Dealing with climate change is the ultimate long game

Melting Ice due to climate change
Climate and Energy

To decarbonize on a timescale necessary to avoid the worst of climate change, business as usual is not going to cut it. We need policies to give ourselves the necessary boost, policies that drive deep emissions reductions. And there’s an abundance of evidence that carbon pricing can do exactly that. Done right, it is most powerful in the long-term, even if those long-term impacts are the hardest to get our heads around.

Rapid response

From the moment we put a price on carbon, we are nudging ourselves in the right direction. The short-term impacts are the easiest to understand. Faced with a carbon price, some of us will immediately start to change our behaviour. It can be as simple as turning off a few extra lights in our homes, checking tire pressure to save gas, or hanging our laundry. Not only will these actions reduce emissions—they’ll save us money.

Now maybe you’re saying, “That’s very nice, Brendan. But there’s a carbon price where I live and I’m not changing my behaviour,” and that’s a fair observation that deserves an explanation. When analyzing the impacts of carbon pricing, we need to look at the overall impact, not the individual impact. Some of your neighbours are changing their behaviour even if you aren’t changing yours. When we aggregate everyone’s behaviour, carbon prices—even lower ones—move the needle. As prices rise, more individuals (perhaps even you!) will start changing their behaviour to reduce emissions.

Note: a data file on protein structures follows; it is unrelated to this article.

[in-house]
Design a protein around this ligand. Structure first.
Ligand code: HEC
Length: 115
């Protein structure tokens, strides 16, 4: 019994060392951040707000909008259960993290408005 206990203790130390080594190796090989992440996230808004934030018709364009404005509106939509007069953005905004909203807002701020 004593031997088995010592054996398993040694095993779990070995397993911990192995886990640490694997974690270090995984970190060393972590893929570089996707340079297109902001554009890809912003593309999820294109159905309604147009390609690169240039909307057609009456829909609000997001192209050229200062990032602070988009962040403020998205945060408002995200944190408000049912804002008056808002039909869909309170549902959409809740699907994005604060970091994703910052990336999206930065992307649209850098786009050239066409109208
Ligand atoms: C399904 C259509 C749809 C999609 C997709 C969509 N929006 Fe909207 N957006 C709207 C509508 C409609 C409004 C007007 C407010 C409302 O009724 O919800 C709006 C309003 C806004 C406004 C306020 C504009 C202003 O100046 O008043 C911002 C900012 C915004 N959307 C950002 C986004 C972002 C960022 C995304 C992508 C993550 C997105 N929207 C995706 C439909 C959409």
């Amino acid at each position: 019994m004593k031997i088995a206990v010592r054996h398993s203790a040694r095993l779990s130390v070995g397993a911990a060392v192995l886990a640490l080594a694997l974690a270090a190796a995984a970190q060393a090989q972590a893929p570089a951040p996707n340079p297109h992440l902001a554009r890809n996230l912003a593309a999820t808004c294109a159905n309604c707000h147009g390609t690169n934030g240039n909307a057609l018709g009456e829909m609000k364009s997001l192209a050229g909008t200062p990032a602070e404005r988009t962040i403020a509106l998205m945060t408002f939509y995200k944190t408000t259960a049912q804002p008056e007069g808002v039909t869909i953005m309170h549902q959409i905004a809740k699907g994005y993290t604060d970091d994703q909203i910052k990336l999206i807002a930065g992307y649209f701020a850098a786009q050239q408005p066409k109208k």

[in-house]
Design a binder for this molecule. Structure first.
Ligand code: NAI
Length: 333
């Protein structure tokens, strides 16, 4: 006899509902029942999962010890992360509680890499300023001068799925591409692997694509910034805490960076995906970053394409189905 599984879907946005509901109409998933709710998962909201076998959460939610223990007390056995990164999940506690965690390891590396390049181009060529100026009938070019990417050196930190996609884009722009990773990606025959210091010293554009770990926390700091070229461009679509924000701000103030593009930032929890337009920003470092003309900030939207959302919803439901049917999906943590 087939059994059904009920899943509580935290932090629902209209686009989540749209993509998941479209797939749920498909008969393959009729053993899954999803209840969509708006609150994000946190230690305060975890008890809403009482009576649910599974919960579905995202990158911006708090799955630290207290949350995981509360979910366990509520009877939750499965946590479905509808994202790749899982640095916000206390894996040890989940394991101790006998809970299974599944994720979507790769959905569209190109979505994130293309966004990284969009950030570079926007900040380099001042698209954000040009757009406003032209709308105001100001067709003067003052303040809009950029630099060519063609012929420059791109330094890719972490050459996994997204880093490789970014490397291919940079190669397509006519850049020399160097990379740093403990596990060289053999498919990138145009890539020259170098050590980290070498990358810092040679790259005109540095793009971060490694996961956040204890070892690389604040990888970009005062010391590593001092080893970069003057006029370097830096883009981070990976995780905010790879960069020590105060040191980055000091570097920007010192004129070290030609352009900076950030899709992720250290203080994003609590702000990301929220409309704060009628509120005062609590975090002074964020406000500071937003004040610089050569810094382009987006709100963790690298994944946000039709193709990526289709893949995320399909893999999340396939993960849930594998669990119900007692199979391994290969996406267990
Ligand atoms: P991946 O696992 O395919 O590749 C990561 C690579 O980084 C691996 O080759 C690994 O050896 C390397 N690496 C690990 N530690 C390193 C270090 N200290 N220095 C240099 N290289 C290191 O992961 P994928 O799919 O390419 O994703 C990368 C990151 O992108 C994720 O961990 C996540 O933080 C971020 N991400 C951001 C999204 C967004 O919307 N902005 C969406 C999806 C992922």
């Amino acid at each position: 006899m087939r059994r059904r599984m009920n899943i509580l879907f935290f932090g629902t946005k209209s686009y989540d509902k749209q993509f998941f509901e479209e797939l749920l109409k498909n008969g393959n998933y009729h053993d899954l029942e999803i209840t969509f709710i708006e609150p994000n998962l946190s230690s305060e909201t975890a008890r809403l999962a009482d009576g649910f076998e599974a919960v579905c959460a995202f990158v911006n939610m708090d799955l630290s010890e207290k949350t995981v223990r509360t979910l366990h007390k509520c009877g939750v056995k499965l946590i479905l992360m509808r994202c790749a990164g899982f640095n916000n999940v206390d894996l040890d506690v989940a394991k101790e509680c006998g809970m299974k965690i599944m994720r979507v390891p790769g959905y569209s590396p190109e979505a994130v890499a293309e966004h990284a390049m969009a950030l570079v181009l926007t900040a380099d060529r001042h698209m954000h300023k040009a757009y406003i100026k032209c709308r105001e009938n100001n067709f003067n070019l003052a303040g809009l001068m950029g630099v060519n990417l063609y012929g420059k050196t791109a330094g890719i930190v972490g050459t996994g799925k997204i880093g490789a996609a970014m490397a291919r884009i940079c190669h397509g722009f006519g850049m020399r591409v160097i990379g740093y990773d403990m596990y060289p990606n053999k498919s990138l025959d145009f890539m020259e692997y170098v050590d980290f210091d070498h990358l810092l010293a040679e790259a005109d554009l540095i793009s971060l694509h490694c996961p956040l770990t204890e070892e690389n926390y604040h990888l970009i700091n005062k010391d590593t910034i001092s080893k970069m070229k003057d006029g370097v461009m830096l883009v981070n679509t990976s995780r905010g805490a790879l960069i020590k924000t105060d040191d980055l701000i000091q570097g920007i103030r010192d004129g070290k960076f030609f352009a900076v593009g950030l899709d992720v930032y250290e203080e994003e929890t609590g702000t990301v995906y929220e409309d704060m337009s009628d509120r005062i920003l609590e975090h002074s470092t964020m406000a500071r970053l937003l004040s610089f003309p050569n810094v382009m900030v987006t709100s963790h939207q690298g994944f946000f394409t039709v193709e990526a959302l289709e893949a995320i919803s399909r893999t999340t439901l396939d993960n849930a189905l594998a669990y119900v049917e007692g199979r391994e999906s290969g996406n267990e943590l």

The not-too-distant future

In the medium-term, carbon pricing will also change what we buy. Sometimes purchases are cheap and quick. Others are significant investments that need to be made at the right time. Replacing a filter in your furnace so it runs better is a weekend purchase. But if you’re buying a new high-efficiency furnace, you’ll save up and wait until your old one requires replacement.

Over time, carbon pricing can affect the purchases that people and businesses will make. All else equal, you might buy the cheapest furnace available, even if it uses the most energy. But a carbon price can change the economics of that choice. Instead, you might buy a high-efficiency version to save energy and avoid paying some of that carbon price.